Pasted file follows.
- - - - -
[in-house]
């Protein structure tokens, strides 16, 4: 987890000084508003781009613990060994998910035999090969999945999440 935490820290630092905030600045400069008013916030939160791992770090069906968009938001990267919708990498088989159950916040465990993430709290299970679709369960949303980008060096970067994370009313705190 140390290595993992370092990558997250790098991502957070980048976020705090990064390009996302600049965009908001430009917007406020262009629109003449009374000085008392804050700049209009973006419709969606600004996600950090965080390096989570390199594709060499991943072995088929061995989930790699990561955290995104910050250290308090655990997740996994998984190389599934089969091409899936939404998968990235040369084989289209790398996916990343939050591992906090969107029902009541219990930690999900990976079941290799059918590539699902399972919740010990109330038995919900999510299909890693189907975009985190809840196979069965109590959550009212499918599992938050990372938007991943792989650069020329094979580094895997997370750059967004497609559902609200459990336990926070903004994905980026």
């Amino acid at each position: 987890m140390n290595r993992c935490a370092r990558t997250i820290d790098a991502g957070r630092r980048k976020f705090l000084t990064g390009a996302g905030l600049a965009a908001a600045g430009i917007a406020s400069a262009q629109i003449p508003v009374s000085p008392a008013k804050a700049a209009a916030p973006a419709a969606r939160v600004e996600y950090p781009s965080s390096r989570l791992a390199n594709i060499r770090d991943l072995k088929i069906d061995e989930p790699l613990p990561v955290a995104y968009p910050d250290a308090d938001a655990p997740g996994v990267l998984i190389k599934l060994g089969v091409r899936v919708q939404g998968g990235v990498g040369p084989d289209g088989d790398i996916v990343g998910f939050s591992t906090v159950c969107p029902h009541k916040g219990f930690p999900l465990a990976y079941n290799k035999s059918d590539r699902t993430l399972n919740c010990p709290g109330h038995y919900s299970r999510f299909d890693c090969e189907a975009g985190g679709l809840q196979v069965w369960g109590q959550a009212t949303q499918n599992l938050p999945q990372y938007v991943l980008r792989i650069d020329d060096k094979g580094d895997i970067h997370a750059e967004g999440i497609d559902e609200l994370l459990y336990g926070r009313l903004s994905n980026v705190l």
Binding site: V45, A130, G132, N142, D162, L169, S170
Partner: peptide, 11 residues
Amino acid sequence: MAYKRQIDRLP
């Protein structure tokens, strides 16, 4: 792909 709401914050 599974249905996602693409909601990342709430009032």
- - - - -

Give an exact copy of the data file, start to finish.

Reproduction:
[in-house]
């Protein structure tokens, strides 16, 4: 987890000084508003781009613990060994998910035999090969999945999440 935490820290630092905030600045400069008013916030939160791992770090069906968009938001990267919708990498088989159950916040465990993430709290299970679709369960949303980008060096970067994370009313705190 140390290595993992370092990558997250790098991502957070980048976020705090990064390009996302600049965009908001430009917007406020262009629109003449009374000085008392804050700049209009973006419709969606600004996600950090965080390096989570390199594709060499991943072995088929061995989930790699990561955290995104910050250290308090655990997740996994998984190389599934089969091409899936939404998968990235040369084989289209790398996916990343939050591992906090969107029902009541219990930690999900990976079941290799059918590539699902399972919740010990109330038995919900999510299909890693189907975009985190809840196979069965109590959550009212499918599992938050990372938007991943792989650069020329094979580094895997997370750059967004497609559902609200459990336990926070903004994905980026």
């Amino acid at each position: 987890m140390n290595r993992c935490a370092r990558t997250i820290d790098a991502g957070r630092r980048k976020f705090l000084t990064g390009a996302g905030l600049a965009a908001a600045g430009i917007a406020s400069a262009q629109i003449p508003v009374s000085p008392a008013k804050a700049a209009a916030p973006a419709a969606r939160v600004e996600y950090p781009s965080s390096r989570l791992a390199n594709i060499r770090d991943l072995k088929i069906d061995e989930p790699l613990p990561v955290a995104y968009p910050d250290a308090d938001a655990p997740g996994v990267l998984i190389k599934l060994g089969v091409r899936v919708q939404g998968g990235v990498g040369p084989d289209g088989d790398i996916v990343g998910f939050s591992t906090v159950c969107p029902h009541k916040g219990f930690p999900l465990a990976y079941n290799k035999s059918d590539r699902t993430l399972n919740c010990p709290g109330h038995y919900s299970r999510f299909d890693c090969e189907a975009g985190g679709l809840q196979v069965w369960g109590q959550a009212t949303q499918n599992l938050p999945q990372y938007v991943l980008r792989i650069d020329d060096k094979g580094d895997i970067h997370a750059e967004g999440i497609d559902e609200l994370l459990y336990g926070r009313l903004s994905n980026v705190l």
Binding site: V45, A130, G132, N142, D162, L169, S170
Partner: peptide, 11 residues
Amino acid sequence: MAYKRQIDRLP
């Protein structure tokens, strides 16, 4: 792909 709401914050 599974249905996602693409909601990342709430009032």